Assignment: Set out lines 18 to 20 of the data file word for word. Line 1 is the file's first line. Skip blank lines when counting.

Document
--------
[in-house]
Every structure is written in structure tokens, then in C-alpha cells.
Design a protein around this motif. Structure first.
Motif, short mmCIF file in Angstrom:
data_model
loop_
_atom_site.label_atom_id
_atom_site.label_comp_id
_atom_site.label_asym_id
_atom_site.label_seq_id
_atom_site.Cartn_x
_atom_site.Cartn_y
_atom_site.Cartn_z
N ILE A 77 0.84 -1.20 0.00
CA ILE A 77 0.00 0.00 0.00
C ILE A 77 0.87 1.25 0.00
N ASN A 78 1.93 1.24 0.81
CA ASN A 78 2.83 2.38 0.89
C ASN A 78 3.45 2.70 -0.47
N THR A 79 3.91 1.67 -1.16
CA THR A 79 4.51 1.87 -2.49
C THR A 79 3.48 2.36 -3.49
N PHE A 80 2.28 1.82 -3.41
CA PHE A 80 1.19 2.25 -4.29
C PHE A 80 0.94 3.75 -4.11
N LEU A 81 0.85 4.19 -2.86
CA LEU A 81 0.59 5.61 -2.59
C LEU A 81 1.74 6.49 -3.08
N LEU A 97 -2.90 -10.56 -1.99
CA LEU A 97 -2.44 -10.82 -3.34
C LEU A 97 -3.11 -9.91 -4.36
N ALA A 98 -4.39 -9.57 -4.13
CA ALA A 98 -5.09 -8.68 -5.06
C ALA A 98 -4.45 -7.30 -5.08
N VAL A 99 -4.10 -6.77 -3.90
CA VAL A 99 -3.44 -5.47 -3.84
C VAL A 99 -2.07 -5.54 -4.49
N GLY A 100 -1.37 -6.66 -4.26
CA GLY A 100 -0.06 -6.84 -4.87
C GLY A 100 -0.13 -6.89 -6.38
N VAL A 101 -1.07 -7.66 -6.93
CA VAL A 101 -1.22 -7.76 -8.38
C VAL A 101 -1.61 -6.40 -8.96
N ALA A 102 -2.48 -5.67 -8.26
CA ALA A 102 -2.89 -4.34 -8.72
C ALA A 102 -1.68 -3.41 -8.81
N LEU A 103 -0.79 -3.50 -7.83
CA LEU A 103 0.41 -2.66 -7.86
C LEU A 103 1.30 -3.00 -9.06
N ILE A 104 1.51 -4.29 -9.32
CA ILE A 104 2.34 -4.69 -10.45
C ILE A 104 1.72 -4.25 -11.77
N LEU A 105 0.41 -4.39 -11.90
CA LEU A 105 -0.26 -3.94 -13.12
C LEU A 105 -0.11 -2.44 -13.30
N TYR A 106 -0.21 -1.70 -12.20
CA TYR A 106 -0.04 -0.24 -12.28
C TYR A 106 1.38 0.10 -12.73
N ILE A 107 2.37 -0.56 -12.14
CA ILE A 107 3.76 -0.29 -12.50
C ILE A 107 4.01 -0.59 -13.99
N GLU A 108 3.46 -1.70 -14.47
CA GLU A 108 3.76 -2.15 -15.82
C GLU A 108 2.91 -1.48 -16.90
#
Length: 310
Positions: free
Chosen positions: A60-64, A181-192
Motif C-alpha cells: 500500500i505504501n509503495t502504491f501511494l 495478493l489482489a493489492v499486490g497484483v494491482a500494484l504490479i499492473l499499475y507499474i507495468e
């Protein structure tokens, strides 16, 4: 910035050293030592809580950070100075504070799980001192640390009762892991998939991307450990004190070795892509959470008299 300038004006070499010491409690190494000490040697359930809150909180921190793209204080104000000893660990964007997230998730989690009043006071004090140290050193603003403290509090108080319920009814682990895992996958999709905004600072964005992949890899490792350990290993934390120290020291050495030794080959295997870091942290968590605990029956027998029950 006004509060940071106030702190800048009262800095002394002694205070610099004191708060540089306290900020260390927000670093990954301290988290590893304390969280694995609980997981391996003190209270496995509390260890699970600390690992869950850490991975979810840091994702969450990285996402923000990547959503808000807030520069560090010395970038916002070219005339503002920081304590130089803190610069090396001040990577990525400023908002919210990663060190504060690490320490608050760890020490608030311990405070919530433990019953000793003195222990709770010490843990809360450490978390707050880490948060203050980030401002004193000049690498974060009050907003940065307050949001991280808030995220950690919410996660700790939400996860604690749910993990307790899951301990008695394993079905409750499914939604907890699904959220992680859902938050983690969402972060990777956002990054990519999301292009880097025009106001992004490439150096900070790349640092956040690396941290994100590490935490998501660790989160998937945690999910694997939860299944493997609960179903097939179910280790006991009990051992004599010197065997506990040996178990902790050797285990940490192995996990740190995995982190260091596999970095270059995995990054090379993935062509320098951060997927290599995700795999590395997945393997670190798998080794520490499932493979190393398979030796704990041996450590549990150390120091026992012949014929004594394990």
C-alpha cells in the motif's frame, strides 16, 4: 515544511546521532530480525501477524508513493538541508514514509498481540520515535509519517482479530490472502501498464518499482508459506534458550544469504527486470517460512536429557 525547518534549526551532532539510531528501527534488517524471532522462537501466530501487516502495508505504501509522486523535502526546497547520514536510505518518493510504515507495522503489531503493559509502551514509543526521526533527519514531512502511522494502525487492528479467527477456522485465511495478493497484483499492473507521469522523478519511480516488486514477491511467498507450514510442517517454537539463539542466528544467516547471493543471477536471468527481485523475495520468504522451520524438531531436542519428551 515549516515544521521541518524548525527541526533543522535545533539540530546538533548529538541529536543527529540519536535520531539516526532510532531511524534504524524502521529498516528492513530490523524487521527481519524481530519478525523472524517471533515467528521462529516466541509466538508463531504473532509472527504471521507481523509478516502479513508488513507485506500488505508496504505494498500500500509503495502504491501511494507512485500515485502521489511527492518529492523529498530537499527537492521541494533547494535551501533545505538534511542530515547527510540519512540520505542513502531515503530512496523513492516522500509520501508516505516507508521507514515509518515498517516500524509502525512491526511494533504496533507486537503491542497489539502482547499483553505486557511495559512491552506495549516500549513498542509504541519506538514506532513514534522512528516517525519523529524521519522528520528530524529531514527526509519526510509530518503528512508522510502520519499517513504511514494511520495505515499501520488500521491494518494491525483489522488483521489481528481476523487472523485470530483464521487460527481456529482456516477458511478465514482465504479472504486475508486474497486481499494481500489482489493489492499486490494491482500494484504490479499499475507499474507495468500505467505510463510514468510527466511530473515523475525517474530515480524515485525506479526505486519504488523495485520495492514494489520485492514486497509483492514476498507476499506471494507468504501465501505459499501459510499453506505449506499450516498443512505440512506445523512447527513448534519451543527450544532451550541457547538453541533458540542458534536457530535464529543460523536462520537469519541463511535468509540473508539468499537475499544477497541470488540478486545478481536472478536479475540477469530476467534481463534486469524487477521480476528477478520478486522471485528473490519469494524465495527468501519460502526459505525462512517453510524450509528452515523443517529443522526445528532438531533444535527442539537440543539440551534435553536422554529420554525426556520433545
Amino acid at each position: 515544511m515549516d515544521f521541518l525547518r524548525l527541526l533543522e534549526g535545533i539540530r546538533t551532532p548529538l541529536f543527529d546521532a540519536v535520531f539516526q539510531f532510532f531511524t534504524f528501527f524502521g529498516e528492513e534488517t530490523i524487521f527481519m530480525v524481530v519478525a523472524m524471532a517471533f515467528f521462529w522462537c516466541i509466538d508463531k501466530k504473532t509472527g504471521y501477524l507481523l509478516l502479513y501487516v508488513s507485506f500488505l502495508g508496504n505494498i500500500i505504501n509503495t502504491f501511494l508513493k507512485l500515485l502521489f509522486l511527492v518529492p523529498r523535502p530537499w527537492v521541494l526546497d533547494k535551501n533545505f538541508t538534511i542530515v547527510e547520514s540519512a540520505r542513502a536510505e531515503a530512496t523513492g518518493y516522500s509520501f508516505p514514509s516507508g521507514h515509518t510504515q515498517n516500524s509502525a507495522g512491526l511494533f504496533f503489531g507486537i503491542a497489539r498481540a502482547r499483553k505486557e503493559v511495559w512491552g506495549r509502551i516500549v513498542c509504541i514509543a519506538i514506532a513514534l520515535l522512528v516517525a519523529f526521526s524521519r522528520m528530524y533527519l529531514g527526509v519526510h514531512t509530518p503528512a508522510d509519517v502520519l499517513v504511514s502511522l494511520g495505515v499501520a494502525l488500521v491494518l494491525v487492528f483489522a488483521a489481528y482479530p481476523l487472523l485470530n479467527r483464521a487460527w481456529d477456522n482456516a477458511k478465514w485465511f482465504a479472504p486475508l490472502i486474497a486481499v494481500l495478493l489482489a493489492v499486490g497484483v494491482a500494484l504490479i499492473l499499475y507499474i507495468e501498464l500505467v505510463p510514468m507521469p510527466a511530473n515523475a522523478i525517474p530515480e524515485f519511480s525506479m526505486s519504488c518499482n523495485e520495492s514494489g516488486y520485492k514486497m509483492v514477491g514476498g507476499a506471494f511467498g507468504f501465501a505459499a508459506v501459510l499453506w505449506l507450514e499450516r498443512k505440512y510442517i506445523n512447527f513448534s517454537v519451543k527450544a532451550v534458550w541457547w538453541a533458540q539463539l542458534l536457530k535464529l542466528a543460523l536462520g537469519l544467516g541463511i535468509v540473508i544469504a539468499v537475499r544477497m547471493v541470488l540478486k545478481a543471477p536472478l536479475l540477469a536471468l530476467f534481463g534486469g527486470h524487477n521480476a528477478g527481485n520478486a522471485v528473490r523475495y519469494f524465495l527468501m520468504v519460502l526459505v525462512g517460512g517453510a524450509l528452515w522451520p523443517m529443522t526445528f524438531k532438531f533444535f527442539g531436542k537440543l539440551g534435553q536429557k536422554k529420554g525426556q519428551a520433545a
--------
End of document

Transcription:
CA ASN A 78 2.83 2.38 0.89
C ASN A 78 3.45 2.70 -0.47
N THR A 79 3.91 1.67 -1.16